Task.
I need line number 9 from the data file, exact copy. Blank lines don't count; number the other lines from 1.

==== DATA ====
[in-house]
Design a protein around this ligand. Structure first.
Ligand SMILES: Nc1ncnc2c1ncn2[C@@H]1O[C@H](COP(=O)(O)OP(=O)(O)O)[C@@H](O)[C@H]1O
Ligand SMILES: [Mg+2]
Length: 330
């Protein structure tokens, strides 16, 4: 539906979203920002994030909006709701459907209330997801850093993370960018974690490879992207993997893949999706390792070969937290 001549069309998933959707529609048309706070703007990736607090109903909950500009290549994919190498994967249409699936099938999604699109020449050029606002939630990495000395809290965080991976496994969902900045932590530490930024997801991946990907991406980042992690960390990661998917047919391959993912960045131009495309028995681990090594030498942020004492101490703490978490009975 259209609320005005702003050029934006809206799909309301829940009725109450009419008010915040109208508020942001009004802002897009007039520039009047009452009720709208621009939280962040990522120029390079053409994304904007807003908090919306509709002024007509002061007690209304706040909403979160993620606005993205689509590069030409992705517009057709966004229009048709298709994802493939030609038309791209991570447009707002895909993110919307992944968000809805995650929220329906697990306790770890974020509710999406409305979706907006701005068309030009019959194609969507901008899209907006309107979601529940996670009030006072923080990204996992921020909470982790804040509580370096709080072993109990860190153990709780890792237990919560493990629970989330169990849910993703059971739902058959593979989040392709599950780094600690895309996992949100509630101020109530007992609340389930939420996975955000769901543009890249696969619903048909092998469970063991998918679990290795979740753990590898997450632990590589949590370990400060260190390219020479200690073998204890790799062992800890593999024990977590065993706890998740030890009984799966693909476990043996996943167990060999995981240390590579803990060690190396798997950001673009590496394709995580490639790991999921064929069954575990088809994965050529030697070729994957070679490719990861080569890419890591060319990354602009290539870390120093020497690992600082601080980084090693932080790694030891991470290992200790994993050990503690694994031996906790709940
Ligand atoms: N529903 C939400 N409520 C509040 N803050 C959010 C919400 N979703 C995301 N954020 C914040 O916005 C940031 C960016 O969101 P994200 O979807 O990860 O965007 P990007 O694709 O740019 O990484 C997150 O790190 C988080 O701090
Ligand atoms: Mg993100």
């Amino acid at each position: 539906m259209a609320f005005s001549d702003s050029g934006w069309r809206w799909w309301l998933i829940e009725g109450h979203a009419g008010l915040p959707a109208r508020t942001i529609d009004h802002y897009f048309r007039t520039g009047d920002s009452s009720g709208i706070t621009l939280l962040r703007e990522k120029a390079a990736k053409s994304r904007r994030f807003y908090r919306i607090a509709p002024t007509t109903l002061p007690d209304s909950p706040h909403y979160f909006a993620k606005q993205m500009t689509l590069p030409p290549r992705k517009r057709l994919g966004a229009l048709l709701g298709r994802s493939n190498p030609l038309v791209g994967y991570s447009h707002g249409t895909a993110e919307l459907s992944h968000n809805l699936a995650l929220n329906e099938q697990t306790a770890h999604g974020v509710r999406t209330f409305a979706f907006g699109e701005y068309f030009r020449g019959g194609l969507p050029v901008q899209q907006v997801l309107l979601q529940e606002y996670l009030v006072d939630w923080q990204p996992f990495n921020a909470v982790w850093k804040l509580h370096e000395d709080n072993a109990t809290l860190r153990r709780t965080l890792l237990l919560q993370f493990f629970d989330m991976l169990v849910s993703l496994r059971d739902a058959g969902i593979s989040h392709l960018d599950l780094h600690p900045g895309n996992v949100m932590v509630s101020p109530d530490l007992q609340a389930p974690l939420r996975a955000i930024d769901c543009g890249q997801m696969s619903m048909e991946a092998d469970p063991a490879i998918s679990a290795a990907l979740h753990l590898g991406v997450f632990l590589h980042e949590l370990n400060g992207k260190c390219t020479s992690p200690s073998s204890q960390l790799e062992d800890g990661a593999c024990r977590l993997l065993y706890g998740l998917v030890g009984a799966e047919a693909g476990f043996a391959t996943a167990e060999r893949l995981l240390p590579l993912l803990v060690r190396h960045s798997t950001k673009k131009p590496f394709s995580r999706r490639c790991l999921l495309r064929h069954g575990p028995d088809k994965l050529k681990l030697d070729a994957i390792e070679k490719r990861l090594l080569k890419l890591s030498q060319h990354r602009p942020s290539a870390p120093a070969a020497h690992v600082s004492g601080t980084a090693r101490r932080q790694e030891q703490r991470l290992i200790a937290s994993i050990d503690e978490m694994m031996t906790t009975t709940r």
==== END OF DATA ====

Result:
């Amino acid at each position: 539906m259209a609320f005005s001549d702003s050029g934006w069309r809206w799909w309301l998933i829940e009725g109450h979203a009419g008010l915040p959707a109208r508020t942001i529609d009004h802002y897009f048309r007039t520039g009047d920002s009452s009720g709208i706070t621009l939280l962040r703007e990522k120029a390079a990736k053409s994304r904007r994030f807003y908090r919306i607090a509709p002024t007509t109903l002061p007690d209304s909950p706040h909403y979160f909006a993620k606005q993205m500009t689509l590069p030409p290549r992705k517009r057709l994919g966004a229009l048709l709701g298709r994802s493939n190498p030609l038309v791209g994967y991570s447009h707002g249409t895909a993110e919307l459907s992944h968000n809805l699936a995650l929220n329906e099938q697990t306790a770890h999604g974020v509710r999406t209330f409305a979706f907006g699109e701005y068309f030009r020449g019959g194609l969507p050029v901008q899209q907006v997801l309107l979601q529940e606002y996670l009030v006072d939630w923080q990204p996992f990495n921020a909470v982790w850093k804040l509580h370096e000395d709080n072993a109990t809290l860190r153990r709780t965080l890792l237990l919560q993370f493990f629970d989330m991976l169990v849910s993703l496994r059971d739902a058959g969902i593979s989040h392709l960018d599950l780094h600690p900045g895309n996992v949100m932590v509630s101020p109530d530490l007992q609340a389930p974690l939420r996975a955000i930024d769901c543009g890249q997801m696969s619903m048909e991946a092998d469970p063991a490879i998918s679990a290795a990907l979740h753990l590898g991406v997450f632990l590589h980042e949590l370990n400060g992207k260190c390219t020479s992690p200690s073998s204890q960390l790799e062992d800890g990661a593999c024990r977590l993997l065993y706890g998740l998917v030890g009984a799966e047919a693909g476990f043996a391959t996943a167990e060999r893949l995981l240390p590579l993912l803990v060690r190396h960045s798997t950001k673009k131009p590496f394709s995580r999706r490639c790991l999921l495309r064929h069954g575990p028995d088809k994965l050529k681990l030697d070729a994957i390792e070679k490719r990861l090594l080569k890419l890591s030498q060319h990354r602009p942020s290539a870390p120093a070969a020497h690992v600082s004492g601080t980084a090693r101490r932080q790694e030891q703490r991470l290992i200790a937290s994993i050990d503690e978490m694994m031996t906790t009975t709940r």